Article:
Author Archives: FreeBSD

Patching screens EDID information

Quite a long time ago (September 2012), the x11/nvidia-driver port was updated to 304.43, which brought-in some major changes. The most noticeable one from my point of view was the inability to use my two Samsung SyncMaster BX2240 monitors at a resolution better than 800x600 (they have a native resolution of 1920x1080), providing a stunning 1600x600 desktop experience. With no time to dig-in this at that time, I reverted to the previous nvidia-driver and planned to have a look at it later.

I finally took the time to search for a solution. I post it here for two reasons: a) I might need this information at some point in the future and am more likely to find it that way and b) I might not be the only one here which faced this situation.

The first step was to modify my Xorg configuration to be a bit more verbose about the process of choosing a screen resolution when X starts to see if something was different with both drivers. This can be achieved by editing the Monitor section:

Section "Monitor"
    Option "ModeDebug" "TRUE"

With the new driver, no section for Validating Mode "1920x1080", but when trying to validate other modes, the driver reported that it would be happier with EDID information from the screens:

217 (II) Feb 07 09:52:30 NVIDIA(GPU-0):   Validating Mode "640x350":
218 (II) Feb 07 09:52:30 NVIDIA(GPU-0):     640 x 350 @ 85 Hz
219 (II) Feb 07 09:52:30 NVIDIA(GPU-0):     Mode Source: X Server
220 (II) Feb 07 09:52:30 NVIDIA(GPU-0):       Pixel Clock      : 31.50 MHz
221 (II) Feb 07 09:52:30 NVIDIA(GPU-0):       HRes, HSyncStart :  640,  672
222 (II) Feb 07 09:52:30 NVIDIA(GPU-0):       HSyncEnd, HTotal :  736,  832
223 (II) Feb 07 09:52:30 NVIDIA(GPU-0):       VRes, VSyncStart :  350,  382
224 (II) Feb 07 09:52:30 NVIDIA(GPU-0):       VSyncEnd, VTotal :  385,  445
225 (II) Feb 07 09:52:30 NVIDIA(GPU-0):       H/V Polarity     : +/-
226 (WW) Feb 07 09:52:30 NVIDIA(GPU-0):     Mode is rejected: Only EDID-provided modes are allowed on
227 (WW) Feb 07 09:52:30 NVIDIA(GPU-0):     DFP-0.

I enabled EDID which was previously disabled because the screen reported invalid information:

Section "Device"
    #Option "IgnoreEDIDChecksum" "DFP-0, DFP-1"

With the new driver, a Validating Mode "1920x1080" section appeared but with the very same Mode is rejected: Only EDID-provided modes are allowed on DFP-0. The old driver provided a bit more of information actually:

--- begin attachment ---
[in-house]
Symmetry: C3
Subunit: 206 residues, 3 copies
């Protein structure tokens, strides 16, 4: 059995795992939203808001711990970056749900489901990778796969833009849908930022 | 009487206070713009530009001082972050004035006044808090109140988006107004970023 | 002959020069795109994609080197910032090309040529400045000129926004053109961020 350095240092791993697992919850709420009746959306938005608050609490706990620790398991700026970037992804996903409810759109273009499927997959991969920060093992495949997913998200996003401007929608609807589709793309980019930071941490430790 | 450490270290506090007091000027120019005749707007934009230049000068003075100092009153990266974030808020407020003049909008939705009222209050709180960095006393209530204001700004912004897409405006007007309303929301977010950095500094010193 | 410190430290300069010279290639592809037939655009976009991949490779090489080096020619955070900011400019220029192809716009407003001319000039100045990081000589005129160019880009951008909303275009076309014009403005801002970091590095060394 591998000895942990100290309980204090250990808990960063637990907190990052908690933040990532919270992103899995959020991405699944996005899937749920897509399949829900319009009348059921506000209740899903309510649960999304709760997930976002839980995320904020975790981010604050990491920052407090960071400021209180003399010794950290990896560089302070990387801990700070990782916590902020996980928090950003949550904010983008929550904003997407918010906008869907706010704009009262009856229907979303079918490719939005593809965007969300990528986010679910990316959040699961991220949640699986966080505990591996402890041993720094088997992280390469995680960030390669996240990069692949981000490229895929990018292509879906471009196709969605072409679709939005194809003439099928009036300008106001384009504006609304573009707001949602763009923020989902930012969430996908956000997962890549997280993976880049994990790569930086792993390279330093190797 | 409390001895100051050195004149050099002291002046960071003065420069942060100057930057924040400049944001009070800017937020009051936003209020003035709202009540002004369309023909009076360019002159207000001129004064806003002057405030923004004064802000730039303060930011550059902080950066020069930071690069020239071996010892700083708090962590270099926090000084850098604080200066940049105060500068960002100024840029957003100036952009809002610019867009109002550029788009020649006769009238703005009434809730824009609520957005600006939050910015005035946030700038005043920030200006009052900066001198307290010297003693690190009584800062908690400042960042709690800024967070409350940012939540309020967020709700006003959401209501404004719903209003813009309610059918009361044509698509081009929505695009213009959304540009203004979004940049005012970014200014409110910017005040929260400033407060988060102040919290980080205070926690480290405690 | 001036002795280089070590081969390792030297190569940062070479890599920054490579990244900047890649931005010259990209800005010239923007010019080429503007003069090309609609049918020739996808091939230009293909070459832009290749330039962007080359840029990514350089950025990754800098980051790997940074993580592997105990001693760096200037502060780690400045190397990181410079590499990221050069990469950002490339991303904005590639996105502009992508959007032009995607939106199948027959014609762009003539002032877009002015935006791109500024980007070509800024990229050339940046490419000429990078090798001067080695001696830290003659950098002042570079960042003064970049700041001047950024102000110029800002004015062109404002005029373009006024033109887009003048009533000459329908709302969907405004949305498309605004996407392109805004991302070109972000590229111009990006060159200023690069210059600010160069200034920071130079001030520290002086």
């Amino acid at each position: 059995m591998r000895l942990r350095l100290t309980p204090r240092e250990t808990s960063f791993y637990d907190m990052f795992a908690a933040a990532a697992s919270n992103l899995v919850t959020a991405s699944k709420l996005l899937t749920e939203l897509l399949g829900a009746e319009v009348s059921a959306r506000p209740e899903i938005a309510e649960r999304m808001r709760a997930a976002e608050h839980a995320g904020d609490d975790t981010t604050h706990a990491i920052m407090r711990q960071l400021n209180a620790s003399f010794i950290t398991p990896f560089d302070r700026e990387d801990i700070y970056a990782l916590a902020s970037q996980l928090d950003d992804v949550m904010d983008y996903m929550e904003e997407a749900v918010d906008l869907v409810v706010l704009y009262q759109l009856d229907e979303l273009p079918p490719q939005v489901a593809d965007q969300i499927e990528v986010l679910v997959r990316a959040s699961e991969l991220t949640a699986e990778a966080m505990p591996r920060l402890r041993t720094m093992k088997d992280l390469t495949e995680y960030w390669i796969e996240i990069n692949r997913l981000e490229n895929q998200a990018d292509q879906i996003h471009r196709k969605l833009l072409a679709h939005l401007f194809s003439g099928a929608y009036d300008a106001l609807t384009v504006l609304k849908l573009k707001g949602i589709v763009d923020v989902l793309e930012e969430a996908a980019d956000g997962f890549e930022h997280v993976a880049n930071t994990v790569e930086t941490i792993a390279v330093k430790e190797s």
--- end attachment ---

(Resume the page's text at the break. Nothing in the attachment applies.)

1822 (II) Feb 07 09:54:10 NVIDIA(GPU-0):   Validating Mode "1920x1080":
1823 (II) Feb 07 09:54:10 NVIDIA(GPU-0):     1920 x 1080 @ 50 Hz
1824 (II) Feb 07 09:54:10 NVIDIA(GPU-0):     Mode Source: EDID
1825 (II) Feb 07 09:54:10 NVIDIA(GPU-0):       Pixel Clock      : 148.50 MHz
1826 (II) Feb 07 09:54:10 NVIDIA(GPU-0):       HRes, HSyncStart : 1920, 2448
1827 (II) Feb 07 09:54:10 NVIDIA(GPU-0):       HSyncEnd, HTotal : 2492, 2640
1828 (II) Feb 07 09:54:10 NVIDIA(GPU-0):       VRes, VSyncStart : 1080, 1084
1829 (II) Feb 07 09:54:10 NVIDIA(GPU-0):       VSyncEnd, VTotal : 1089, 1125
1830 (II) Feb 07 09:54:10 NVIDIA(GPU-0):       H/V Polarity     : +/+
1831 (WW) Feb 07 09:54:10 NVIDIA(GPU-0): The EDID for Samsung SMBX2240 (DFP-1) contradicts itself: mode
1832 (WW) Feb 07 09:54:10 NVIDIA(GPU-0):     "1920x1080" is specified in the EDID; however, the EDID's
1833 (WW) Feb 07 09:54:10 NVIDIA(GPU-0):     valid VertRefresh range (56.000-75.000 Hz) would exclude
1834 (WW) Feb 07 09:54:10 NVIDIA(GPU-0):     this mode's VertRefresh (50.0 Hz); ignoring VertRefresh
1835 (WW) Feb 07 09:54:10 NVIDIA(GPU-0):     check for mode "1920x1080".
1836 (II) Feb 07 09:54:10 NVIDIA(GPU-0):     Viewport                 1920x1080+360+22
1837 (II) Feb 07 09:54:10 NVIDIA(GPU-0):       Horizontal Taps        0
1838 (II) Feb 07 09:54:10 NVIDIA(GPU-0):       Vertical Taps          0
1839 (II) Feb 07 09:54:10 NVIDIA(GPU-0):       Base SuperSample       x4
1840 (II) Feb 07 09:54:10 NVIDIA(GPU-0):       Base Depth             32
1841 (II) Feb 07 09:54:10 NVIDIA(GPU-0):       Distributed Rendering  1
1842 (II) Feb 07 09:54:10 NVIDIA(GPU-0):       Overlay Depth          32
1843 (II) Feb 07 09:54:10 NVIDIA(GPU-0):     Mode is valid.

Okay, since all this seems to be related to EDID, and because some major changes where introduced in version 302.xx of the NVidia driver, let's try to patch it! I could not find a tool to dump the EDID directly from FreeBSD, however when Xorg starts, it prints a hex dump of it so it is actually quite trivial to get it from the log file (don't want to code? Clone!).

sysutils/edid-decode can be used to easily locate relevant information from the EDID dump (monitor range), and spot inconsistencies:

Extracted contents:
header:          00 ff ff ff ff ff ff 00
serial number:   4c 2d 84 06 32 32 42 43 0e 15
version:         01 03
basic params:    80 30 1b 78 2a
chroma info:     78 f1 a6 55 48 9b 26 12 50 54
established:     bf ef 80
standard:        71 4f 81 00 81 40 81 80 95 00 b3 00 a9 40 95 0f
descriptor 1:    02 3a 80 18 71 38 2d 40 58 2c 45 00 dd 0c 11 00 00 1e
descriptor 2:    00 00 00 fd 00 38 4b 1e 51 11 00 0a 20 20 20 20 20 20
descriptor 3:    00 00 00 fc 00 53 4d 42 58 32 32 34 30 0a 20 20 20 20
descriptor 4:    00 00 00 ff 00 48 39 58 42 34 30 31 30 32 34 0a 20 20
extensions:      01
checksum:        b0

Manufacturer: SAM Model 684 Serial Number 1128411698
Made week 14 of 2011
EDID version: 1.3
Digital display
Maximum image size: 48 cm x 27 cm
Gamma: 2.20
DPMS levels: Off
Supported color formats: RGB 4:4:4, YCrCb 4:2:2
First detailed timing is preferred timing
Established timings supported:
Standard timings supported:
Detailed mode: Clock 148.500 MHz, 477 mm x 268 mm
1920 2008 2052 2200 hborder 0
1080 1084 1089 1125 vborder 0
+hsync +vsync
Monitor ranges (GTF): 56-75Hz V, 30-81kHz H, max dotclock 170MHz
Monitor name: SMBX2240
Serial number: H9XB401024
Has 1 extension blocks
Checksum: 0xb0 (valid)

CEA extension block
Extension version: 1
0 8-byte timing descriptors
Detailed mode: Clock 148.500 MHz, 477 mm x 268 mm